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Czech prime minister going; plenty of problems remain for successor

December 4, 1997

PRAGUE, Czech Republic (AP) _ For decades under communism, ``they,″ the gray faces of an authoritarian regime, were blamed for the everyday frustrations of Czech life.

``They″ disappeared in 1989, and Czechs embarked on what was for years a smooth transition to democracy and a market economy. The government became popular, politics and economics stable.

Now, the grumbling is back. Only this time, it’s about the politicians like Prime Minister Vaclav Klaus, the brains of the Czech economic transformation, who was forced to resign last weekend after a campaign finance scandal.

With Klaus’ resignation, the country appears headed for early elections.

``Finally, he goes,″ said a 75-year-old pensioner, Rudolf Fiser. ``Let’s hope that the mess will end now.″

While Czechs haven’t soured on democracy, their mood is an indication of economic problems and fragmented politics that defy quick solutions.

Social Democrat Milos Zeman, the strongest opposition leader, is the likely choice for voters in an election. But whoever runs the Czech Republic faces a protracted period of the instability that has characterized its post-Communist neighbors.

Nobody is starving, and Czechs have all the liberties they longed for under communism. Polls indicate that as many as 60 percent are satisfied with their standard of living.

However, allegations of corruption in the privatization process have made them conscious of who used the transition to get rich. Average people are worried about prices, education, health care and jobs.

Adding to the bad mood, President Vaclav Havel, the moral force of the revolution and the transition, is in poor health. Even so, he likely will be re-elected in January.

Zeman has capitalized on the worries and discrepancies in wealth. He charges the government is riddled with criminals. He repeatedly has promised to halt tax evasion and send swindlers to jail.

He also promises more public spending, to make health care free once more and build low-cost housing. He has not said how he plans to pay for it. But politically, it has worked.

While support for Klaus’ Civic Democratic Party _ the largest in the outgoing coalition _ dropped about 10 percent in the past few months, Zeman’s Social Democrats have moved up.

Klaus now faces a fight just to keep his job as party chairman. Hanging on as a caretaker prime minister, he acknowledges he is in a no-win situation.

It also may turn out to be a no-win situation for Zeman, and for the country as a whole.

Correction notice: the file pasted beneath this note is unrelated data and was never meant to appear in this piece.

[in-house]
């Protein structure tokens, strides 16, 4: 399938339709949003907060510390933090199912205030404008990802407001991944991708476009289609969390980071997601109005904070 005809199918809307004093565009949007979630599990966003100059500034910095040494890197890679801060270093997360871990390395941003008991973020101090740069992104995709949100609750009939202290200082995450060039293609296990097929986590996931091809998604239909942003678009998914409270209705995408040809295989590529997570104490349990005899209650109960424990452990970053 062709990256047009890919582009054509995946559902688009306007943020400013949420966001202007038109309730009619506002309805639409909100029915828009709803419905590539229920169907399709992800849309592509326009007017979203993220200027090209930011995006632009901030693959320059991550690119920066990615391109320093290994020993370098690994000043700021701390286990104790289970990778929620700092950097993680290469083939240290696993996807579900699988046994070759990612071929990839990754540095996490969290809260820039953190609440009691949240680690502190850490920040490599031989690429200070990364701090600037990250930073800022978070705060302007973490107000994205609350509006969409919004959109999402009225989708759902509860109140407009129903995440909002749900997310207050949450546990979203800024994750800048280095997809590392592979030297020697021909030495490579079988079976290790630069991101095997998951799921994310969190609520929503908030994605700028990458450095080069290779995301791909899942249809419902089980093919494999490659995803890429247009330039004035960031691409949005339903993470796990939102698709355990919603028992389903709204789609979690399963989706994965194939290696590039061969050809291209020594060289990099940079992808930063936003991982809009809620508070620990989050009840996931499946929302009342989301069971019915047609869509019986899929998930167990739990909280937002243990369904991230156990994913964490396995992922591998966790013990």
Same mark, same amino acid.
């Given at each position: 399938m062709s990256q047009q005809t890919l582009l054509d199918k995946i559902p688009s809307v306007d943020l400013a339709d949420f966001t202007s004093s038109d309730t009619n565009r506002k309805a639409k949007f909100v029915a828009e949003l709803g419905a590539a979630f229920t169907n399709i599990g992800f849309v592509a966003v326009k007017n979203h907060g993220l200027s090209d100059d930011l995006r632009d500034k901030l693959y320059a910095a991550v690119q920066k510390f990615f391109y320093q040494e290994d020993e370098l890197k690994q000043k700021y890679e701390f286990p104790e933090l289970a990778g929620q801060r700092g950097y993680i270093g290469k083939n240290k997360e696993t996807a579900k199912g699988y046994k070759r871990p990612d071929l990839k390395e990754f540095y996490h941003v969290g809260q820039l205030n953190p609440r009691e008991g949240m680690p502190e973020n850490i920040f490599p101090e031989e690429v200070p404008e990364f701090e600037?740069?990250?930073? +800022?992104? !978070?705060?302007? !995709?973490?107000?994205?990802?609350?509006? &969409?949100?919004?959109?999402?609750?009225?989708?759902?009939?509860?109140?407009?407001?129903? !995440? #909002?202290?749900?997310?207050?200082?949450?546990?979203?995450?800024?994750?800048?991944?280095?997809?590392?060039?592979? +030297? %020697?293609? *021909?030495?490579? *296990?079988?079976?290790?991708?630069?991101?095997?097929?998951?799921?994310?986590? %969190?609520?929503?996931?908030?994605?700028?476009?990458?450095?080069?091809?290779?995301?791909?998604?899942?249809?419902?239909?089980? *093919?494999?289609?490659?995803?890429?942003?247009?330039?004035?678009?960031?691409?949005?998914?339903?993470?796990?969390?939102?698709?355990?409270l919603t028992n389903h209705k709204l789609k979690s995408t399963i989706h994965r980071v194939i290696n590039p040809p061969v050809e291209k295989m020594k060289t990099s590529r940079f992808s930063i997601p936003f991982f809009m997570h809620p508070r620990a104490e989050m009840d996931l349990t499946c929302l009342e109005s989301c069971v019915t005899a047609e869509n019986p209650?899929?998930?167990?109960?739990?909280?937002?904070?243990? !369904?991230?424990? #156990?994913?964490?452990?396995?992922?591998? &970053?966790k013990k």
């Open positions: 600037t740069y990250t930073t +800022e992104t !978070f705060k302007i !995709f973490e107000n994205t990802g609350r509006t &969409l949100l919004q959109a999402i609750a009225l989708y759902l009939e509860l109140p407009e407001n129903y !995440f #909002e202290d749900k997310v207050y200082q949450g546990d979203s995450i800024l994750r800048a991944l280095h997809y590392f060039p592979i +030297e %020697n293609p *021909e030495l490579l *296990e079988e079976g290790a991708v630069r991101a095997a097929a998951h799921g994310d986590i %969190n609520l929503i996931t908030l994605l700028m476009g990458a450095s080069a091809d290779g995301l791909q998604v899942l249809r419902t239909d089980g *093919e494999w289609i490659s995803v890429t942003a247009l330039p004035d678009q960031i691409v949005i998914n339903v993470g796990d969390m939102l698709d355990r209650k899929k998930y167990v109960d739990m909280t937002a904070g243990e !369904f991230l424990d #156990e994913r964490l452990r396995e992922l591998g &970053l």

The Czech Republic already has gone through one round of belt-tightening this year. State-run banks have kept a large chunk of privatized enterprises, delaying restructuring and layoffs. Pay raises far exceeded productivity, leading to a glut of imports and throwing the balance of payments out of whack. The currency weakened dramatically.

Klaus was forced to cut budgets, decreasing the room a new leader would have to increase spending.

NATO, which already has invited the Czechs to join; the European Union, which plans to open talks with the Czechs; and potential international investors will be watching carefully.

But any new leader could be called upon to complete Klaus’ economic revolution by cutting jobs and facing down the unions. Other leftists like Hungary’s Socialist Premier Gyula Horn, a former Communist, have managed it.

The Social Democrats’ ``rhetoric of fiscal deficits would likely be re-evaluated if they have to face the responsibility of the governing,″ said Petr Zahradnik, a economist at Prague International Securities brokerage.

He added, though, that the Social Democrats might slow down or temporarily halt privatization.

So far, Zeman has rejected the idea of massive layoffs in the inefficient state-run railway system, which has a union that is among the most restive. Preventing tax evasion may not bring in as much money as promised for housing and health care.

Foreign investors, who already seem to be leaving, may bolt more quickly if he halts the planned sale of the state’s three biggest banks to foreign partners or abandons plans to privatize utilities or deregulate prices of gas and electricity.

Then, there are the political problems. Zeman controls 59 of 200 seats in parliament. Even with his surge in the polls, he is unlikely to gain a majority in new elections. He has no certain allies, and the government may be no more stable that Klaus’ minority government that lasted about a year and a half.

``Klaus has to go, that’s already clear,″ says Jarmila Kratka, a 31-year-old homemaker and mother of two who was shopping in downtown Prague. ``But people are crazy if they think that life will be better with Zeman.″

Alexandr Mitrofanov, a prominent commentator from the Pravo daily, predicted that unless new leaders made rapid improvements, they would quickly become ″they.″

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